I know how un-straightforward sex ed is, probably more than any other blogger you read. That’s because I attended health class, every day, for 20 weeks less than a year ago.
Every single morning at 7:40am I was in Mr. Hanson’s (he requested I not use his real name) class for 46 minutes. Monday-Friday from December all the way to February, I had to sit in this class. This was a chance for New York State and Pittsford CentraRead more...
This is a guest post from Dances With Engines as part of the month-long blogathon to help support Scarleteen!
I was hoping to make a post for the Scarleteen Blogathon that was pleasant and sweet and that would inspire people to make donations, and to do it without touching on my personal experiences. But there’s no way for me to make a post about sex and sex education without digging at old wounds. Isn’t that part of the new paradigm, anyway, where personal experience has authority?
Scarleteen is written for young people of all sexes and genders. That they manage to do so with so much consistency and dependability is amazing to me. As I become more conscious of my own binary and oppositional language (men do this, women do that, and only men and women), I get more impressed with Scarleteen.
When I recommend websites to my daughter, or to friends with growing children, I am always questioning—is the language and mission of this site going to be inclusive? Is anyone going to be left fRead more...
I throw around the words “fear” and “silence” often when it comes to sex ed. They’re loaded terms, perhaps, but these words best describe my experiences with sex education: my emotional reaction and everyone else’s approach, respectively. These words describe what I feel is not often expressed in the sex education debate.
True, it’s hard to use the “Little Mary Sue is scared” argument to a bunch of adult policymakers who believe that a child will “get over” whatever scare tactics they might use in sex education. I have indeed heard it argued that it is okay to use fear in sex education because, well, incurable STIs are out there right now. You can see the logic: if children grow out of believing in the boogeyman, then certainly they will grow out of being told that condoms have pores that let HIV through, right? At least by the time that they areRead more...
When I was 10 or so, I discovered the wonders of the internet. It was back in the mid-90s, before most people had access, but my father was a computer scientist, and I was rocking out on Mosaic, way before IE or Eathlink or Netscape or AOL made their brands so popular. I didn’t use it for much, as there wasn’t that much info out there pertaining to me, but I did have an email, and learned how to search.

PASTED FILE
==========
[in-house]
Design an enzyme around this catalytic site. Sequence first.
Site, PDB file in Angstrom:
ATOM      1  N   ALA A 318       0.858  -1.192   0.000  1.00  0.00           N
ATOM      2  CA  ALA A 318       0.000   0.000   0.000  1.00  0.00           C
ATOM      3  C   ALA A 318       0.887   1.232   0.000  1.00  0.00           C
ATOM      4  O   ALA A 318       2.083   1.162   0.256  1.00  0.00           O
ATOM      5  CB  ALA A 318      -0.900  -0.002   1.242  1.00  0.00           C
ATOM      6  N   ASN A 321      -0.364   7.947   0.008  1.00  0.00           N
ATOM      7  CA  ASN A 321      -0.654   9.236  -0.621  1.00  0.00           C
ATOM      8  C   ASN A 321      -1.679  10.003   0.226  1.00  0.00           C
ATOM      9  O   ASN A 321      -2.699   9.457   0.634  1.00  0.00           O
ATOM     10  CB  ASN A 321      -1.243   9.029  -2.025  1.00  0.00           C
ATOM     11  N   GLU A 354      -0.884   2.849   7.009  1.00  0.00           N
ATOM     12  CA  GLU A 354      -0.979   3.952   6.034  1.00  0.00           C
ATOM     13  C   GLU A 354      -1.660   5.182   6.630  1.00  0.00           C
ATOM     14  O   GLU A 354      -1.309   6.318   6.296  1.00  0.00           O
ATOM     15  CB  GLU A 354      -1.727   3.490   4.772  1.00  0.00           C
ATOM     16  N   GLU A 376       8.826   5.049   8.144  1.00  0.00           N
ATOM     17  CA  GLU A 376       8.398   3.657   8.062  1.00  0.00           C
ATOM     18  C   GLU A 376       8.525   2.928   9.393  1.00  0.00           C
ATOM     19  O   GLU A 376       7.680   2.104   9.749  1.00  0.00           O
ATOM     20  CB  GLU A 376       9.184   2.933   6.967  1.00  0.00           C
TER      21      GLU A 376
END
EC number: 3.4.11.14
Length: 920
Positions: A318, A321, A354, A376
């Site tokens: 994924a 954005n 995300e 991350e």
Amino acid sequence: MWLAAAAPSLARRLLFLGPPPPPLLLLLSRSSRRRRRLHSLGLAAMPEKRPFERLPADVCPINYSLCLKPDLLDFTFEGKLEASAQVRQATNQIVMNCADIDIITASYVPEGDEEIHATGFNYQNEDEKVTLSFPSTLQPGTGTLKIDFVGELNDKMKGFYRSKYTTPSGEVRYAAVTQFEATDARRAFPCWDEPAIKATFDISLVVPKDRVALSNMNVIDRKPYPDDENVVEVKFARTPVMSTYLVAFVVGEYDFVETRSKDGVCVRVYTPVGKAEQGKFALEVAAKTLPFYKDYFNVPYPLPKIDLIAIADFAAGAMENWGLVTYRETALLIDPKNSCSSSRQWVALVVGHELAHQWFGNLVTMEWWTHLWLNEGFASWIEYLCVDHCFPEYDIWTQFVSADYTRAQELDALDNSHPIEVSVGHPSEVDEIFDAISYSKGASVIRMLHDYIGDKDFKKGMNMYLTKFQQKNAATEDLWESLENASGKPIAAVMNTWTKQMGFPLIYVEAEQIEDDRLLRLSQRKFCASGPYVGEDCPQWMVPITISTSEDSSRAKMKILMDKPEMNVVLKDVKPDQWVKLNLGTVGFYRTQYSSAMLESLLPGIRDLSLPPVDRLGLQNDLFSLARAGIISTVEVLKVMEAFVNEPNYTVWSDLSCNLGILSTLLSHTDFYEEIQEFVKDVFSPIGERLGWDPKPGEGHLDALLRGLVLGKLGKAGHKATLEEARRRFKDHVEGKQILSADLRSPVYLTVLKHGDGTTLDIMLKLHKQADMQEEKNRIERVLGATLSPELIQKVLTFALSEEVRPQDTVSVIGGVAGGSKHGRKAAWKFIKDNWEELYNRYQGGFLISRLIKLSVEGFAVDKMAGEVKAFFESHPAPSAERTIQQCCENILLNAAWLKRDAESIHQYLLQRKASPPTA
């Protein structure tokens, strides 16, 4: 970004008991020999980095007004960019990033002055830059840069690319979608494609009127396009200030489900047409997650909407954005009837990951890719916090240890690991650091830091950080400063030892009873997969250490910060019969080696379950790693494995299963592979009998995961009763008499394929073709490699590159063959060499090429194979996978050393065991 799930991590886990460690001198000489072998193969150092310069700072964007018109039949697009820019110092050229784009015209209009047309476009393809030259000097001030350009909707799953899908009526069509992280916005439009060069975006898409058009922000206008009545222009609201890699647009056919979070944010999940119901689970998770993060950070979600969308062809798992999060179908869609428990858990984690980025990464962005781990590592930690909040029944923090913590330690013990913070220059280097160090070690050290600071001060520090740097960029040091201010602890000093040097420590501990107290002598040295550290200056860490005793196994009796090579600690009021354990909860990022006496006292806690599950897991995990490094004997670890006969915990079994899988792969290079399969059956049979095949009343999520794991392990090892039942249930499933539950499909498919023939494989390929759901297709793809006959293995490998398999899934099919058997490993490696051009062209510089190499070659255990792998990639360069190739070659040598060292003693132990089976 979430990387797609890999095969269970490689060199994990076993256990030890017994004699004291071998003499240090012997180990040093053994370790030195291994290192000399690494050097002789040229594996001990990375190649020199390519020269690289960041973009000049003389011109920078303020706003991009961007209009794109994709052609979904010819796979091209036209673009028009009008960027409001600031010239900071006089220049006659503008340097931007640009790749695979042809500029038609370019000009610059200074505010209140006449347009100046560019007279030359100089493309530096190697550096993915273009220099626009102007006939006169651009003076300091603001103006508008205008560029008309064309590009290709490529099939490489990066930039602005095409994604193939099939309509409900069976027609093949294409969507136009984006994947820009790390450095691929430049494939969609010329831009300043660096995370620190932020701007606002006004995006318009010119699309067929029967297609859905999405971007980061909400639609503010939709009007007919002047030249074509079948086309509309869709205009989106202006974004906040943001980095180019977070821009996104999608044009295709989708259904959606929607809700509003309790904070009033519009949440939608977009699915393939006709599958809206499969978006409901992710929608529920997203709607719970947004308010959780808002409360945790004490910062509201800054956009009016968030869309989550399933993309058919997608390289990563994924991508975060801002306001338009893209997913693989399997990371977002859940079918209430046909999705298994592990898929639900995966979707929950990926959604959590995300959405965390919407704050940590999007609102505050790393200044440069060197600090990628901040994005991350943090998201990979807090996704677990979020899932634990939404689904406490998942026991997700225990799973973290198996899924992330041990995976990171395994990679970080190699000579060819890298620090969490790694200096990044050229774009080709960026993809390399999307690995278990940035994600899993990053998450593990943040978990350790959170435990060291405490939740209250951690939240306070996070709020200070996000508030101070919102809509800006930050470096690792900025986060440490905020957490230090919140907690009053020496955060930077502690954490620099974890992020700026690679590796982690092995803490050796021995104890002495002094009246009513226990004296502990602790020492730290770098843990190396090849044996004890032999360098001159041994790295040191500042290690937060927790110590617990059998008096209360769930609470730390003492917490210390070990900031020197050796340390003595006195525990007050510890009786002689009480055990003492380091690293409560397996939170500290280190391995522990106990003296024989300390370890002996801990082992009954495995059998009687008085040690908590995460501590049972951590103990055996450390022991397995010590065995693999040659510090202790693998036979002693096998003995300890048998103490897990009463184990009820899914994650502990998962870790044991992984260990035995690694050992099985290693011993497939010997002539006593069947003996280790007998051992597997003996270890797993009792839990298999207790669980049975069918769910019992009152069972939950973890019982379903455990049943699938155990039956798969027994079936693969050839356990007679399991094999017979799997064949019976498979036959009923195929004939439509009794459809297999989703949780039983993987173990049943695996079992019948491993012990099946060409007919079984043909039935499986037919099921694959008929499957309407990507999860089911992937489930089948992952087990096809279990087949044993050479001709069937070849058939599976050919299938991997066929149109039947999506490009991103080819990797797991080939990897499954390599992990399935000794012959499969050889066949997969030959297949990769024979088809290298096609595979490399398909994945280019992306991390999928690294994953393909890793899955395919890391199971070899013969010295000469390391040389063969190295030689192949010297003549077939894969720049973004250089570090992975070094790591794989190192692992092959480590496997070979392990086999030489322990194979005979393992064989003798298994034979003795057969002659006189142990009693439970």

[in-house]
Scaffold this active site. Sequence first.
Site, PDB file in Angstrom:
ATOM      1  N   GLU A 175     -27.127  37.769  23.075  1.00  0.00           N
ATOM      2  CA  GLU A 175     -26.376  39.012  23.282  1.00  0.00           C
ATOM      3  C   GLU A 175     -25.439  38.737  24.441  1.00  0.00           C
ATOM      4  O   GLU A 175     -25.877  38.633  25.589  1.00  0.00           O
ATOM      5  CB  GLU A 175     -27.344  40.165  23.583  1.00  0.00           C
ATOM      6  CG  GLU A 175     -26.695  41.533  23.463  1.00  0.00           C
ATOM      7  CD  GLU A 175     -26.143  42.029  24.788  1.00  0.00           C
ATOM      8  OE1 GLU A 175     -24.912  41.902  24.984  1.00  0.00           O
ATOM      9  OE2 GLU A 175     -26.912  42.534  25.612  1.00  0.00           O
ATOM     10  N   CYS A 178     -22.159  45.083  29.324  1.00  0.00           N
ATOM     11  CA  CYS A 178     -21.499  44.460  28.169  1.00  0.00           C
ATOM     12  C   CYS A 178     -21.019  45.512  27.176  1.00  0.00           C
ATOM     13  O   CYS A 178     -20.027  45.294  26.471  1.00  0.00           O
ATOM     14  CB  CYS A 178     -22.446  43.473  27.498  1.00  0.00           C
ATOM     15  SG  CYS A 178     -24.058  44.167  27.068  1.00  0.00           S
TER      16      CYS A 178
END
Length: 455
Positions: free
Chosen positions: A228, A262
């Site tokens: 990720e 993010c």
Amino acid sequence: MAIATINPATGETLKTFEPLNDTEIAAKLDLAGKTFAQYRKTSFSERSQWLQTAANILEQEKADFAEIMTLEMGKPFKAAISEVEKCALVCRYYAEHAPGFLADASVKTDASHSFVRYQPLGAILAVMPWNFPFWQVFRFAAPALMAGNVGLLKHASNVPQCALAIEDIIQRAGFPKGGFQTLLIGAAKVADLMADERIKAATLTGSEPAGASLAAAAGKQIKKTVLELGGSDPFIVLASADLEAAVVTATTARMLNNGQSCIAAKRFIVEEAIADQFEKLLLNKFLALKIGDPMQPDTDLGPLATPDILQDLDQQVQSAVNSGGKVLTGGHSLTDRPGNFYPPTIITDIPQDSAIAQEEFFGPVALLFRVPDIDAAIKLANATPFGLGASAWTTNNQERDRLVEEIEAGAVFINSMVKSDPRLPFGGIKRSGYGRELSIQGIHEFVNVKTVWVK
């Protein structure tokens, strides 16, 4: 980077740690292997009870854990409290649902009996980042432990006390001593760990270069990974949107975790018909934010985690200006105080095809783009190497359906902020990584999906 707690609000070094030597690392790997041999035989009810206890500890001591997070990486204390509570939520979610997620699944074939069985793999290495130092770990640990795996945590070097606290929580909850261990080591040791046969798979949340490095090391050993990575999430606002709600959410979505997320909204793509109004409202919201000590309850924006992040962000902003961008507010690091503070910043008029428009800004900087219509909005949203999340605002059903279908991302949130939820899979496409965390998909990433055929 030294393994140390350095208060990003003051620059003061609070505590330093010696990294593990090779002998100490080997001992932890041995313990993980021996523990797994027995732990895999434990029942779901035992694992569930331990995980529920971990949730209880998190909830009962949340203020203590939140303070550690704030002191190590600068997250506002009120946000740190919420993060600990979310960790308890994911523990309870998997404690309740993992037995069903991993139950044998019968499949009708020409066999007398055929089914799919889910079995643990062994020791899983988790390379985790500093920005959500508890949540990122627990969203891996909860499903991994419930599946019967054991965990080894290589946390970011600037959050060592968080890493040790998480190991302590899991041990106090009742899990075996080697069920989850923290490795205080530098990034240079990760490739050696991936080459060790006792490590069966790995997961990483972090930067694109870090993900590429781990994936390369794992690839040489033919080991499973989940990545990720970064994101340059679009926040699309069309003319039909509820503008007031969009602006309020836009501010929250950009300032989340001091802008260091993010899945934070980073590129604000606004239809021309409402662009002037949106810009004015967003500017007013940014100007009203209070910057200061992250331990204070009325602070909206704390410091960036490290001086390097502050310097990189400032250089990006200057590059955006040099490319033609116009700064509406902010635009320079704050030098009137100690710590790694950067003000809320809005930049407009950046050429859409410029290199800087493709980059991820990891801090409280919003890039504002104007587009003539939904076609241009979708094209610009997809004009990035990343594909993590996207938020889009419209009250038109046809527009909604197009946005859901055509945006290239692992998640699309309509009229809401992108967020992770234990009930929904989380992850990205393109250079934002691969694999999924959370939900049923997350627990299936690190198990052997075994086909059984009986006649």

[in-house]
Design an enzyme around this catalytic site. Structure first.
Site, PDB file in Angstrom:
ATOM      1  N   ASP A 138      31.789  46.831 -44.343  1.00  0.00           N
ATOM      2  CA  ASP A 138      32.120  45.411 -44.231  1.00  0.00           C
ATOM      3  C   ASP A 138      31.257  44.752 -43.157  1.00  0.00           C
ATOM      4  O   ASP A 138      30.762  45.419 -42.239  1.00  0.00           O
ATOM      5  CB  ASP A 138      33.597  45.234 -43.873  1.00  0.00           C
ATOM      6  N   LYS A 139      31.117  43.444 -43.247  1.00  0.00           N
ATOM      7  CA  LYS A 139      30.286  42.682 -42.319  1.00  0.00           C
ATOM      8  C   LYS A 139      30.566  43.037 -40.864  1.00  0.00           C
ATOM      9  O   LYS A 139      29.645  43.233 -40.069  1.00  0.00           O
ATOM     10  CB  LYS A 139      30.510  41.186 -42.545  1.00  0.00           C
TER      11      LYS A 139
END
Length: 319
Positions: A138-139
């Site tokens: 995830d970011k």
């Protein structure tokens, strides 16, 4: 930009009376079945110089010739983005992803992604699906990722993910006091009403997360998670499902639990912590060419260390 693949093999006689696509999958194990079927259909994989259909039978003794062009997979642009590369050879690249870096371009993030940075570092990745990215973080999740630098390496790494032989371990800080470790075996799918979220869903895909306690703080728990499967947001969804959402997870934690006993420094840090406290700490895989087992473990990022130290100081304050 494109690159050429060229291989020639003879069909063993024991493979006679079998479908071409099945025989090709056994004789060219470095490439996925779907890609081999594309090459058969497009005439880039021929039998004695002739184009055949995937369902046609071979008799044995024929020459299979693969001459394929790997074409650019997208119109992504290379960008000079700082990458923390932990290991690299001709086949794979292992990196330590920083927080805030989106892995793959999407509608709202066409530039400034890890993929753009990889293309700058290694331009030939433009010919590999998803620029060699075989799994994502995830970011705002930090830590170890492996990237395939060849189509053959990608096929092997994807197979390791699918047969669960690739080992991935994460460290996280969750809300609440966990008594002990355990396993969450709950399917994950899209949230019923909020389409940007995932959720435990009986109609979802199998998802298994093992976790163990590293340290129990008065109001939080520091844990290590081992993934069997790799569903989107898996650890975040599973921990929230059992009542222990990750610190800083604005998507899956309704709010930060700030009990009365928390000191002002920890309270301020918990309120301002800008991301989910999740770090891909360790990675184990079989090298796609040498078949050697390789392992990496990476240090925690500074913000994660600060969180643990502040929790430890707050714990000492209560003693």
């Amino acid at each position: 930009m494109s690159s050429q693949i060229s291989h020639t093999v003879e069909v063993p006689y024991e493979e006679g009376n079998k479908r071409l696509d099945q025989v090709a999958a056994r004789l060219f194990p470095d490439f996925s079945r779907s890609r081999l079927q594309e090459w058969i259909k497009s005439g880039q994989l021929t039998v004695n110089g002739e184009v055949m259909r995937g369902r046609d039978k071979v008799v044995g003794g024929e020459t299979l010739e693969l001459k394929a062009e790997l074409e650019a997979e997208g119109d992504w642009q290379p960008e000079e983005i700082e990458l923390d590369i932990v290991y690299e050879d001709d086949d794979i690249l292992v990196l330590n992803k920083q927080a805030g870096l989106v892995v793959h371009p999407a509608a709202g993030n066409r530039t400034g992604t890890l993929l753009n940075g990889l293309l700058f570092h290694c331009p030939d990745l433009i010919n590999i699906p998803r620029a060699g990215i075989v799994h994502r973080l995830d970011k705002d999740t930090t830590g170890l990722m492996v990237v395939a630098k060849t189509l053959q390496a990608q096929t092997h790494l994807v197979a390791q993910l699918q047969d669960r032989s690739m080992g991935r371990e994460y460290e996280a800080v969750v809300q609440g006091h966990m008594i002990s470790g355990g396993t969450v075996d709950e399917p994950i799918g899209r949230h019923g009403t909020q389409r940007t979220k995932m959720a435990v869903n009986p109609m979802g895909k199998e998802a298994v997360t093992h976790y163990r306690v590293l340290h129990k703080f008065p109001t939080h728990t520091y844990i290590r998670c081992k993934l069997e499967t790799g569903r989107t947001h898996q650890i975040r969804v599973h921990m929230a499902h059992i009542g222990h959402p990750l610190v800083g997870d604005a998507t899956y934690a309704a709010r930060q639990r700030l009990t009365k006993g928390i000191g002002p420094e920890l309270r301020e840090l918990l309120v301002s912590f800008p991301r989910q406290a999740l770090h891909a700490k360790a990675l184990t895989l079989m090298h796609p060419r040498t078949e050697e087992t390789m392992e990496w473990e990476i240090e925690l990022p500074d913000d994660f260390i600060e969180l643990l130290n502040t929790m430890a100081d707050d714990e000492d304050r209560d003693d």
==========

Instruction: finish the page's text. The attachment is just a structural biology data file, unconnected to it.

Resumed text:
Around the late 90s, I was in my “oh em gee, want to learn everything possible about puberty and sex” and after my parents exhausted the info available at the local library, I was lucky enough to discover Scarleteen.
It was still quite young back then, but it was knowledge, and that was something I was desperately hungry for. More importantly, it was more than just information; it was interactive. I could learn from older teens, from educators, from people my age. I became obsRead more...
This is a guest entry from The Beautiful Kind as part of the month-long blogathon to support and raise awareness for Scarleteen.
I was a teenager in the 80's, but before that I was a kid who got molested.
When I was 8 or 9, my teenage adopted brother asked me, "Do you want me to show you something fun?"
I said sure, not realizing his idea of "fun" was sex with a child. He did things like sneak into the bathroom while I was taking a bath and give me a handful of pencils, instructing me to get as many inside me as I could so that I would be prepared for his penis.
When the family watched movies in the dark living room, he would sit in a chair and stare intensely at me instead of the movie, his hands in his pockets, stroking himself. He had big plans for me.
But before he could turn me into his own personal sex toy, I told my parents about it, and they freaked. It took a while for them to protect me due to the complicated family legal system, but in the meantime they put me in therapy. IRead more...